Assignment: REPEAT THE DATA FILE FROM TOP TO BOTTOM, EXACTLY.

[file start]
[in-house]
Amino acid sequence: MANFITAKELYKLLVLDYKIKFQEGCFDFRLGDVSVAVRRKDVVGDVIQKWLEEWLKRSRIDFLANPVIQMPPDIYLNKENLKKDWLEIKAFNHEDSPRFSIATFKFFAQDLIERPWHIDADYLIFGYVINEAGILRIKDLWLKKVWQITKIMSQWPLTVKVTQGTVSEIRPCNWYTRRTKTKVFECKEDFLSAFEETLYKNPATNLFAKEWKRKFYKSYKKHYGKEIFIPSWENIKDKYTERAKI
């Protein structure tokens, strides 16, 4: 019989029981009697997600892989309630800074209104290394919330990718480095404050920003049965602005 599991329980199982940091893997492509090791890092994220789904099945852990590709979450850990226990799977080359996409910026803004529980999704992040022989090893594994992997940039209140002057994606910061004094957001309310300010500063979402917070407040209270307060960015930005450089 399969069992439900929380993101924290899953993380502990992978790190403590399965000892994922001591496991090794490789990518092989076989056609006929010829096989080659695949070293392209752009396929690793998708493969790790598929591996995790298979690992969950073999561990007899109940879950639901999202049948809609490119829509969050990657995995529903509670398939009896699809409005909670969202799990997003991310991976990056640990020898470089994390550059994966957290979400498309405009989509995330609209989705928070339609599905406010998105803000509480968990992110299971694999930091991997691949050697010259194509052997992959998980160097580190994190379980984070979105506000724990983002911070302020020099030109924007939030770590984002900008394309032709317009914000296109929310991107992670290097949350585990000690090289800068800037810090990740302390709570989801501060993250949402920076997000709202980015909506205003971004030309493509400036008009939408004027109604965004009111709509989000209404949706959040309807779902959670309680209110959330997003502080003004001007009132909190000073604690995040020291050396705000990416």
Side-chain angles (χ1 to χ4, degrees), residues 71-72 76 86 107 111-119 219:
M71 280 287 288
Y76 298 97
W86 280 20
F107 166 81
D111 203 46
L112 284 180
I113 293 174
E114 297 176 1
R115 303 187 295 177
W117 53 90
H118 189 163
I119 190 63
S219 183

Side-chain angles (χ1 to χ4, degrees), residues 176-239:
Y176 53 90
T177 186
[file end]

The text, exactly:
[in-house]
Amino acid sequence: MANFITAKELYKLLVLDYKIKFQEGCFDFRLGDVSVAVRRKDVVGDVIQKWLEEWLKRSRIDFLANPVIQMPPDIYLNKENLKKDWLEIKAFNHEDSPRFSIATFKFFAQDLIERPWHIDADYLIFGYVINEAGILRIKDLWLKKVWQITKIMSQWPLTVKVTQGTVSEIRPCNWYTRRTKTKVFECKEDFLSAFEETLYKNPATNLFAKEWKRKFYKSYKKHYGKEIFIPSWENIKDKYTERAKI
């Protein structure tokens, strides 16, 4: 019989029981009697997600892989309630800074209104290394919330990718480095404050920003049965602005 599991329980199982940091893997492509090791890092994220789904099945852990590709979450850990226990799977080359996409910026803004529980999704992040022989090893594994992997940039209140002057994606910061004094957001309310300010500063979402917070407040209270307060960015930005450089 399969069992439900929380993101924290899953993380502990992978790190403590399965000892994922001591496991090794490789990518092989076989056609006929010829096989080659695949070293392209752009396929690793998708493969790790598929591996995790298979690992969950073999561990007899109940879950639901999202049948809609490119829509969050990657995995529903509670398939009896699809409005909670969202799990997003991310991976990056640990020898470089994390550059994966957290979400498309405009989509995330609209989705928070339609599905406010998105803000509480968990992110299971694999930091991997691949050697010259194509052997992959998980160097580190994190379980984070979105506000724990983002911070302020020099030109924007939030770590984002900008394309032709317009914000296109929310991107992670290097949350585990000690090289800068800037810090990740302390709570989801501060993250949402920076997000709202980015909506205003971004030309493509400036008009939408004027109604965004009111709509989000209404949706959040309807779902959670309680209110959330997003502080003004001007009132909190000073604690995040020291050396705000990416």
Side-chain angles (χ1 to χ4, degrees), residues 71-72 76 86 107 111-119 219:
M71 280 287 288
Y76 298 97
W86 280 20
F107 166 81
D111 203 46
L112 284 180
I113 293 174
E114 297 176 1
R115 303 187 295 177
W117 53 90
H118 189 163
I119 190 63
S219 183

Side-chain angles (χ1 to χ4, degrees), residues 176-239:
Y176 53 90
T177 186